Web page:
<–Some MPAI data coding standards Some technologies from the MPAI repository–>

MPAI produces AI-based data coding standards. But what is a “standard”? For sure there is a technical document specifying how things should be done, but MPAI adds to this a reference software implementation, normatively equivalent to the technical specification. Then there is a specification to test that an implementation has been implemented in a technically correct fashion. Finally, MPAI adds a specification to assess how well an implementation “performs”, a multi-dimensional notion meaning, e.g., that the implementation is unbiased.

Therefore, MPAI defines a standard as a collection of four documents with associated software and data sets.

14.1 Technical Specification
14.2 Reference Software
14.3 Conformance Testing
14.4 Performance Assessment

14.1Technical Specification

The first document is the Technical Specification (TS), the document that contains normative clauses to be strictly followed by a user wishing to develop a conforming implementation. There are two types of TS: system-oriented and application oriented. The former concerns support for AI operation, such as the MPAI-AIF standard, and the latter concern application of AI to specific domains such as MPAI-CAE, MPAI-MMC and MPAI-CUI.

An MPAI application standard is typically a container of applications called use cases. For instance, the Multimodal Conversation TS contains, as of today, Conversation with Emotion (CWE), Multimodal Question Answering (MQA), Unidirectional Speech Translation (UST), Bidirectional Speech Translation (BST) and One-to-Many Speech Translation (MST). Each TS is identified by 3 characters (e.g., MMC) and each use case is also identified by 3 characters, e.g., CWE.

For each use case, the TS specifies the AI Workflow (AIW) that implements the use case with:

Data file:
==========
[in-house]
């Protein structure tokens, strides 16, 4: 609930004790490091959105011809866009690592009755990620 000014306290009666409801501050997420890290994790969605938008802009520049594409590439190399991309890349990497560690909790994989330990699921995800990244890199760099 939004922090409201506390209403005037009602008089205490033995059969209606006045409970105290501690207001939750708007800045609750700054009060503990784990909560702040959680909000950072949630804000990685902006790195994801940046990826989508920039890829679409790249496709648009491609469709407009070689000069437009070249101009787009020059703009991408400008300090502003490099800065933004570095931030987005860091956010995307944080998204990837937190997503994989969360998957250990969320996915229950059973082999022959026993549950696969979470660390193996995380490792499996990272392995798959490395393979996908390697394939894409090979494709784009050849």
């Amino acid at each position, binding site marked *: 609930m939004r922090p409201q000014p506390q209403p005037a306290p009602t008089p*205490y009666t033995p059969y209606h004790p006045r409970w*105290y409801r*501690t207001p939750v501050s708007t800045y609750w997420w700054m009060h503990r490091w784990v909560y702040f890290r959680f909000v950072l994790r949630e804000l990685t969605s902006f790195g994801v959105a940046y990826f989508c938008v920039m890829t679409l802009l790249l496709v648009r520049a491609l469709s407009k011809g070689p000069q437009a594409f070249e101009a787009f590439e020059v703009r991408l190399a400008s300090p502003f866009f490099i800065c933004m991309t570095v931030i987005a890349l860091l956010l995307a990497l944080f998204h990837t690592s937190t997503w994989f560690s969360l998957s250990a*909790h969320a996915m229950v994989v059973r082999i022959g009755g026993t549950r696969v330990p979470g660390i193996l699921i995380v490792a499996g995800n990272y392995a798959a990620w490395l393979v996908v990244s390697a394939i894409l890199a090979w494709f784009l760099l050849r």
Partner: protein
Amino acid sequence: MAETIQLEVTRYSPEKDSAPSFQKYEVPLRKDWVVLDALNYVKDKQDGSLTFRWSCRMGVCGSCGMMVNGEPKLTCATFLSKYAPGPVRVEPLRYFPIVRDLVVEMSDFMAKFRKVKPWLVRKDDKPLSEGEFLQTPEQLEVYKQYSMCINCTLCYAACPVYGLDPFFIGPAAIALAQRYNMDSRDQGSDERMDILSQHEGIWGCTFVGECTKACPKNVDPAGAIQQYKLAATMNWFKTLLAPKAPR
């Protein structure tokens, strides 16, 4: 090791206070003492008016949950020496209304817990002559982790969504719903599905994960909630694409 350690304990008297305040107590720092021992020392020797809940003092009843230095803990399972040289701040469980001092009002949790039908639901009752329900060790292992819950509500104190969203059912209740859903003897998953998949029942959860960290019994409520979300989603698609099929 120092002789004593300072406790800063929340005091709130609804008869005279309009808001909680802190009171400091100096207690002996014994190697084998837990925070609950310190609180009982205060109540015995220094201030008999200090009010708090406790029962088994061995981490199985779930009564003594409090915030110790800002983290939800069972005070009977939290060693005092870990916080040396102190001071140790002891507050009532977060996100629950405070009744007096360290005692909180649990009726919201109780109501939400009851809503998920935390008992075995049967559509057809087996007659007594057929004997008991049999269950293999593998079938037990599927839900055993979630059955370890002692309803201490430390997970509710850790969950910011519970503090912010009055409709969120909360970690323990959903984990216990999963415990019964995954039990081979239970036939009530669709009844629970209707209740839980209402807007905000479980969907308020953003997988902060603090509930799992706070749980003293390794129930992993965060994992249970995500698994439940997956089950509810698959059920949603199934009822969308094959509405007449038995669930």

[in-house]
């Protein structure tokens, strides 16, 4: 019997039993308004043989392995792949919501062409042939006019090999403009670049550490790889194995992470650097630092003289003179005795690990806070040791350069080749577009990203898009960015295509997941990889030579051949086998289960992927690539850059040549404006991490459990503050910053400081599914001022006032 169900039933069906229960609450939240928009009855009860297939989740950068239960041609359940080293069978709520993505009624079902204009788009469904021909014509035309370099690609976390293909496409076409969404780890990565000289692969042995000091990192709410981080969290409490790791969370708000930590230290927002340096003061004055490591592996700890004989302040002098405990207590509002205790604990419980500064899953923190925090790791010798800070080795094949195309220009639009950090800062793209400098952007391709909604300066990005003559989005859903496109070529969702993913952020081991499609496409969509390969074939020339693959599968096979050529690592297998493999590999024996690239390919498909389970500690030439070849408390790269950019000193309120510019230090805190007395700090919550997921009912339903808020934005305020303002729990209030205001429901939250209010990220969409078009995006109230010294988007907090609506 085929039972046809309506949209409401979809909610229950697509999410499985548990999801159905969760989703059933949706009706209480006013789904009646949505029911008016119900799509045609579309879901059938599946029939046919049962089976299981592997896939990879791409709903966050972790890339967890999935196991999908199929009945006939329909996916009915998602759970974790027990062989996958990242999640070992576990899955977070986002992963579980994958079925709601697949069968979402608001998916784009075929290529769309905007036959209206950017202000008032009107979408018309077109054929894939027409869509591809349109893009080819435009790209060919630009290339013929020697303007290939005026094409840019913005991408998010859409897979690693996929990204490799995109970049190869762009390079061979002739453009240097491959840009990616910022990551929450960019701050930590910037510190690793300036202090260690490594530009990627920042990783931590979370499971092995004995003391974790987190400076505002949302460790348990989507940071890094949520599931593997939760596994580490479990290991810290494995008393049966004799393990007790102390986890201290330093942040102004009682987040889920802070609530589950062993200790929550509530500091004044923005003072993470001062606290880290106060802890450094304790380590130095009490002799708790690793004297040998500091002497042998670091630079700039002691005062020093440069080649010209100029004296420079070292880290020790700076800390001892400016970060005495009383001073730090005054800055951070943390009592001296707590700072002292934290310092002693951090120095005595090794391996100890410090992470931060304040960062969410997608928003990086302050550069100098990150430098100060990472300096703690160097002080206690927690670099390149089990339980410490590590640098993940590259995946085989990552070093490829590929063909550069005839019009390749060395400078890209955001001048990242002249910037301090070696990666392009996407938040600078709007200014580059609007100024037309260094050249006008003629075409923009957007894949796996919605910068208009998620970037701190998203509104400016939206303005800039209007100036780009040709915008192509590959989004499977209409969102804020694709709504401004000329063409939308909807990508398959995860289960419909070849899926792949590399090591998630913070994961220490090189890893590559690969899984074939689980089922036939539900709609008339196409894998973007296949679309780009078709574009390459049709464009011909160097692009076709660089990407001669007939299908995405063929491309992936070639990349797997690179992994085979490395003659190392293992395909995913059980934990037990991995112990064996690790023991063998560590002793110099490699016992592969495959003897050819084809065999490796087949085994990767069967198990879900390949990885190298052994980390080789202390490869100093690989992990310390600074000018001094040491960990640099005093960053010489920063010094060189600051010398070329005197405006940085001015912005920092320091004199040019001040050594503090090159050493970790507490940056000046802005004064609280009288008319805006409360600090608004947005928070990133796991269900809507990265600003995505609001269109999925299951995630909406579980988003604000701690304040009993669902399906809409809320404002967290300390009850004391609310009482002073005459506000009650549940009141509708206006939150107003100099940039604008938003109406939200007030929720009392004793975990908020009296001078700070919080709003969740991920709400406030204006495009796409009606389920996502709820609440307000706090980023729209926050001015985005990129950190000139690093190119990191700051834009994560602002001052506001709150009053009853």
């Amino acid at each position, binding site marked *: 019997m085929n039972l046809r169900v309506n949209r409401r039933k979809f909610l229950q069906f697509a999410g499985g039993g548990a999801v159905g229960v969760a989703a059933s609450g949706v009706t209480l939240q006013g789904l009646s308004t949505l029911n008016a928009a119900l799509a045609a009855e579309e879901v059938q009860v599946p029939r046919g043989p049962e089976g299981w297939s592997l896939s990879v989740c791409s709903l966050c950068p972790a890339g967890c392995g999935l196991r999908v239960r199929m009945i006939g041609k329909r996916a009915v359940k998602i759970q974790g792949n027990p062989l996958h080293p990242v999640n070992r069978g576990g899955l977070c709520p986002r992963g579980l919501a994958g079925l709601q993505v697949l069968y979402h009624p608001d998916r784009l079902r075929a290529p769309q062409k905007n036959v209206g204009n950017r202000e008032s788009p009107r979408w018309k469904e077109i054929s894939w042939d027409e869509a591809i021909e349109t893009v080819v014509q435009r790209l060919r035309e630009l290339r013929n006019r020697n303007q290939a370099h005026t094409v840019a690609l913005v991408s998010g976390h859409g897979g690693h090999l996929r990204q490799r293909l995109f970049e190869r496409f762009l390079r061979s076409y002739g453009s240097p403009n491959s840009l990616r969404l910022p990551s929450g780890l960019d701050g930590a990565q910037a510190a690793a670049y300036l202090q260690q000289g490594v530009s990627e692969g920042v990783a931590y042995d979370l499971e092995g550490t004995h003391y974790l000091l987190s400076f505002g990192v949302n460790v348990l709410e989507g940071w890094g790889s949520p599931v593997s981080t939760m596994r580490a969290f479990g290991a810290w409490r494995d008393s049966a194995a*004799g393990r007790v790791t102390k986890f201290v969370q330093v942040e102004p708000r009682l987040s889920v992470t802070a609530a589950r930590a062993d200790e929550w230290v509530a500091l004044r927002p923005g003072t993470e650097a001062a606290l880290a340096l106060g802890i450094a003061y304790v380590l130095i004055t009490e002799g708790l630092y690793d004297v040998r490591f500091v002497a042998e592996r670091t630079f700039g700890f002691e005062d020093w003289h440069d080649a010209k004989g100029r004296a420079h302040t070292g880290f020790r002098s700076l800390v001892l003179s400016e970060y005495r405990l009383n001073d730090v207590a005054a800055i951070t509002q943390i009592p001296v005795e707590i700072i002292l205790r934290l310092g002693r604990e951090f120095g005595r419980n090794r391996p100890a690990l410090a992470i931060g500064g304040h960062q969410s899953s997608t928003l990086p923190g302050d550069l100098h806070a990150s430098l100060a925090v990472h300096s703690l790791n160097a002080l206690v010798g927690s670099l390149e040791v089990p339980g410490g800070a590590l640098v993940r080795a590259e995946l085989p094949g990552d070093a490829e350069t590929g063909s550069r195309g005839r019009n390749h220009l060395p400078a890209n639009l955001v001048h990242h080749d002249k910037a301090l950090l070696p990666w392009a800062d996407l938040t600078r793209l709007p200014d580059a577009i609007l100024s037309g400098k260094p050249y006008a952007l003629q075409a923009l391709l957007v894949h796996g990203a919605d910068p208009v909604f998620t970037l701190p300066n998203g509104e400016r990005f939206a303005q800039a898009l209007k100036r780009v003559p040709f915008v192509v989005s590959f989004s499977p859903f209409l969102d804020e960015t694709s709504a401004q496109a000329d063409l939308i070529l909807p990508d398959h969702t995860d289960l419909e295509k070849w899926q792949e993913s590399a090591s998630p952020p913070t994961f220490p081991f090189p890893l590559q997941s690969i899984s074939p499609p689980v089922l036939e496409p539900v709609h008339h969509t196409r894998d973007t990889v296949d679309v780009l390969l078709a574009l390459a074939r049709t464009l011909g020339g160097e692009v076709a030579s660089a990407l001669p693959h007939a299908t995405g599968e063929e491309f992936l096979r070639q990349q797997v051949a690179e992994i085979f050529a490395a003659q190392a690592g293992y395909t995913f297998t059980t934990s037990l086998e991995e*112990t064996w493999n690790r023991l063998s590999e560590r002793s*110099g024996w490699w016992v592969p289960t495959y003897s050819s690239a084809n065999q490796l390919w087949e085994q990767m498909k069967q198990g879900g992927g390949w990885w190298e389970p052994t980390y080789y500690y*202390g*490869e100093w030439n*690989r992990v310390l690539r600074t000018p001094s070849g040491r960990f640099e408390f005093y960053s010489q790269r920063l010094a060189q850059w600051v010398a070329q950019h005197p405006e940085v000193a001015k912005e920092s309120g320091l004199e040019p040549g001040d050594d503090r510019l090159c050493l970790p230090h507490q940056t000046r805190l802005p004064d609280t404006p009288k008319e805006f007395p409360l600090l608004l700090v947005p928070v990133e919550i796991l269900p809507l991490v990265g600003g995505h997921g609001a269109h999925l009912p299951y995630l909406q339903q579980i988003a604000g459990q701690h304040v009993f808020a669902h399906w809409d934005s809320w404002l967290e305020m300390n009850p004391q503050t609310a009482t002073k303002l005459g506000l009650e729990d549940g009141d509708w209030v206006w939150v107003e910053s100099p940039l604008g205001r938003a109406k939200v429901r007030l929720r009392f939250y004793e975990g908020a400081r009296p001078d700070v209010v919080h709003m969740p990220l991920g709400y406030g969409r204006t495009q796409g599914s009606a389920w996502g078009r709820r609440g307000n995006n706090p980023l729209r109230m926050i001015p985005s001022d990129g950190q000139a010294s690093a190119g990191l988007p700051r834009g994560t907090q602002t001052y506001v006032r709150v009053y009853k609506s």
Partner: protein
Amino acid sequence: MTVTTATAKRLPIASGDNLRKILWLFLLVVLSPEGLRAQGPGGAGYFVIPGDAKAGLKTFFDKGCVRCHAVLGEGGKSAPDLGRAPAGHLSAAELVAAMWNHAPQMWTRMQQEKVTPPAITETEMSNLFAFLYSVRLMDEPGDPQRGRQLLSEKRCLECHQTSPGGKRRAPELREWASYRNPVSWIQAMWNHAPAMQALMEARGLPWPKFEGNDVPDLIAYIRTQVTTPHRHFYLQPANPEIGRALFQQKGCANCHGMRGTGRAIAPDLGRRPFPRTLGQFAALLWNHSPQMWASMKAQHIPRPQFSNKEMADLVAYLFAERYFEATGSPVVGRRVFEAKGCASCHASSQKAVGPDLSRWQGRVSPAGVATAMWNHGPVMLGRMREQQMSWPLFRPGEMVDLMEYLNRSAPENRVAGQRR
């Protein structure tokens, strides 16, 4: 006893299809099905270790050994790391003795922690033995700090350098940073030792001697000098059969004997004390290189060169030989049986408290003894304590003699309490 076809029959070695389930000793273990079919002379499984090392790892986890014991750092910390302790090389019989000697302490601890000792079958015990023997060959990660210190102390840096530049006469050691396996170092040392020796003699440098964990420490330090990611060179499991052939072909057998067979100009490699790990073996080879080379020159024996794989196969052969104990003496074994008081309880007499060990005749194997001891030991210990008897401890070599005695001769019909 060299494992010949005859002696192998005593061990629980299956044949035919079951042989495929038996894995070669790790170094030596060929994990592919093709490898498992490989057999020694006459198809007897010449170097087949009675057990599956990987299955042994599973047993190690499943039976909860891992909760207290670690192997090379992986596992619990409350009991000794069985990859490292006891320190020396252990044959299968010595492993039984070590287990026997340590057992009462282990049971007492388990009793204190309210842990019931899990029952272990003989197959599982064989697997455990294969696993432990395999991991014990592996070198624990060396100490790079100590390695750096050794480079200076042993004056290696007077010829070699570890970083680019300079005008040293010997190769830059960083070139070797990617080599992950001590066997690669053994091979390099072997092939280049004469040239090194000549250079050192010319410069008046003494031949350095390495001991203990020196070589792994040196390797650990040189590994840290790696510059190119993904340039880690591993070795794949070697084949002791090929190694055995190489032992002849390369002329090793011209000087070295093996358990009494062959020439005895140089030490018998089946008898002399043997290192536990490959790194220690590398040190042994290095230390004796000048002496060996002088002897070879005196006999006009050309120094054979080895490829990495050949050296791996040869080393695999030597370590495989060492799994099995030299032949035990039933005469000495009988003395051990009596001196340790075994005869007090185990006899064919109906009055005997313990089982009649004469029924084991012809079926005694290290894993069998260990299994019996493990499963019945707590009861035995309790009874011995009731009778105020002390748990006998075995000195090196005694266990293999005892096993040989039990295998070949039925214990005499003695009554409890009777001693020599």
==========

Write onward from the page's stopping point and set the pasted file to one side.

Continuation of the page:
1. The function executed by the AIW.

  2. The syntax and semantics of the AIW’s input and output data.

  3. The topology of the AIMs composing the AIW.

  4. For each AIM

    1. The function executed by the AIM.

    2. The syntax and semantics of the AIW’s input and output data.

The TS includes the syntax and semantics of all data formats used by all use cases in a single chapter. This is done because quite a few of the data formats are shared across AIMs. Some are also shared by different standards and MPAI plans on developing a standard collecting all AIMs used by more than one standard.

14.2Reference Software

The second component of an MPAI standard is the Reference Software. Ideally, an RS is the expression of the TS in a computer language, as opposed to the natural language used to express the TS. It is a technically correct implementation of the TS in the sense that its AIW and AIMs perform as the TS specifies.

The RS is composed of:

  1. Software implementing the TS released as a source code implementation of the AIF and the AIWs exposing all AIM interfaces with the full set of:

    1. High-performance source code AIMs, or

    2. Limited-performance source code AIMs, or

    3. Sufficiently high-performance compiled AIMs, not to be used for commercial implementations unless the AIM provider agrees.

  2. Sample input data or a data generating environment or endpoint for trialling the RS.

  3. A knowledge base conforming with the standard in case the RS requires use of a knowledge base for access by those using the RS.

The RS is distributed with the MPAI modified Berkeley Software Distribution (BSD) licence.

14.3Conformance Testing

If a TS can be considered as the “law”, i.e., the set of rules that implementers have to follow to develop correct implementations, Conformance Testing (CT) can be considered as the “tribunal” determining whether an implementation is indeed technically correct.